In the book, the author says the best headline should be straightforward, using action verbs and indicating exactly what the story is about. Here are some examples I found:

Counties hike sales tax, feds hike tobacco tax (KOMO)
Valley smokers fume over tobacco tax hike (KBCI)
Tobacco Tax Increase Hits Smoke Shops Hard (KVEX)
New Tax Causes Tobacco Costs To Skyrocket (WFSB)
Tobacco users stockpile products before new tax (Cherokee Phoenix)
Tobacco Tax Puts People and Businesses Up In Smoke (KFSM)
New taxes on tobacco to burn big hole in consumers’ pockets (Youngstown Vindicator)

Which headline appears most eyecatching to you? As to me, I am going to click on the last two ones. Neither are they explicit about the content, nor are they lame.

Another group of headlines about dirt bikes and lead ban:

Lead rules unfairly target dirt bikes (GoErie)
Fears of lead in paint and batteries stall kids' dirt bike sales
Lead law eats at kid racers (Online Athens)
Lead ban goes overboard on small motorcycles, ATVs (Mid Columbia Tri City Herald)

The first one and the last one have almost the same meaning, but are put in different ways. They are both subjective, going against the lead law. But I prefer "goes overboard" to "unfairly". It is not so directing, but conveying the same load.

Part 2.
I have finished my two VO patrol shifts at KOMU, which went pretty smoothly. I arrived at the station at least one hour earlier to get geared up. The attempt paid off permitting me more time to write and edit, which is always good.

When I did the second story about zootoo.com's contest, I set up an interview with the two zootoo.com girls in a local restaurant. Along with them are staff from Central Missouri Humane Society and also a driver from Toyota, which raffle off a FJ Cruiser to benefit the shelter. And when I was setting up the camera, the driver forced me to make the Toyota Cruiser as the background. The lady from CMHS didn't say a word about that, just standing aside watching. I was so reluctant and tried to persuade him with my professional points and concerns. The confrontation ends up with my compromise and anger.

What should I do when I encounter this kind of situation next time? Does the interviewee have the right to choose a background, esp when it works as an advertisement?

Thursday, March 19, 2009

Wednesday, March 11, 2009

Business and economic reporting

I have heard a thousand times that we journalism students had better have a minor major, which at best we are interested in. We need knowledge in some specialties to stand us out when the competition is fiercer and fiercer in the media world. And one guest speaker once gave us a suggestion: business and economy, the two fields that will never vanish, but prosper.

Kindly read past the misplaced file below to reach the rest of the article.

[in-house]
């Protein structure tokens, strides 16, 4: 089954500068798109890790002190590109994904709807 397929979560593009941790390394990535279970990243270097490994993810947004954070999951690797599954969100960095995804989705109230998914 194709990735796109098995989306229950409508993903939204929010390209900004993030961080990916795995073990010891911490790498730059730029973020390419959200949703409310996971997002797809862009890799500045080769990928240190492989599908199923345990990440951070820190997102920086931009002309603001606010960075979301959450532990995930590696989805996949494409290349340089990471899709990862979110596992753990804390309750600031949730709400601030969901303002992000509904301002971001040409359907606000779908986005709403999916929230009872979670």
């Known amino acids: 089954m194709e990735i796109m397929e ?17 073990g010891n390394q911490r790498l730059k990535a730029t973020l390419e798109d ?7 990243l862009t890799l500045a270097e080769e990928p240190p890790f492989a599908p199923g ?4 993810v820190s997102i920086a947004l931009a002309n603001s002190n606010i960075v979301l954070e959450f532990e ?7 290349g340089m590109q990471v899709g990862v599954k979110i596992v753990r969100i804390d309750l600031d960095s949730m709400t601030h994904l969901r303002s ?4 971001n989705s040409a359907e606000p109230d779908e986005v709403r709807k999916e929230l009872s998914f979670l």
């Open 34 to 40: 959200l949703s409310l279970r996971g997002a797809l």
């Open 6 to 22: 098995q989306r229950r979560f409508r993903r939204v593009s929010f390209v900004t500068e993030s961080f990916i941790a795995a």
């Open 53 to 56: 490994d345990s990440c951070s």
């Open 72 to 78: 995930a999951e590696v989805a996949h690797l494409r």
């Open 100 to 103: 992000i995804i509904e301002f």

Every time I read the New York Times, I skip the business block, even though I know the information there is importantly connected to our daily life. But it is the stereotype that keeps me away from the stories: business and economic reporting must be filled with tons of boring figures, which make the stories confounding and not understandable. Also, in my previous opinion, business and economic reporting is all about GDP, rude oil price fluctuation and inflation. But after browsing the latest business block of the Time, I found the concept of business enlarged: the iPod or iPhone in your pocket, canned good and condoms, Youtube, Bollywood and its movie industry...All those hot topics can be included in business and economic reporting. Sounds more fun?

I read the story in the Time: What Sells in a Recession: Canned Goods and Condoms. I try to trace back how the reporter formed up this story idea when there were no hard facts in this story. We all know we are in the midst of a bad economy period and hear about layoffs almost everyday. But what else can we cover during this time besides the frustrating news? Watching and thinking about the world more carefully, we may come up with some curious ideas about trivial details in the life, like when we are wandering in a Wal-mart supercenter. But most of the time, we only focus on shopping. We ignore the possible story ideas only because we lack discovering eyes.

Business is everywhere, and business reporting can be interesting and inviting.

I like the words in the introduction of the Business and Economic reporting class in NYU: to be a great reporter, no matter what you [end up covering, you have to be able to follow the money.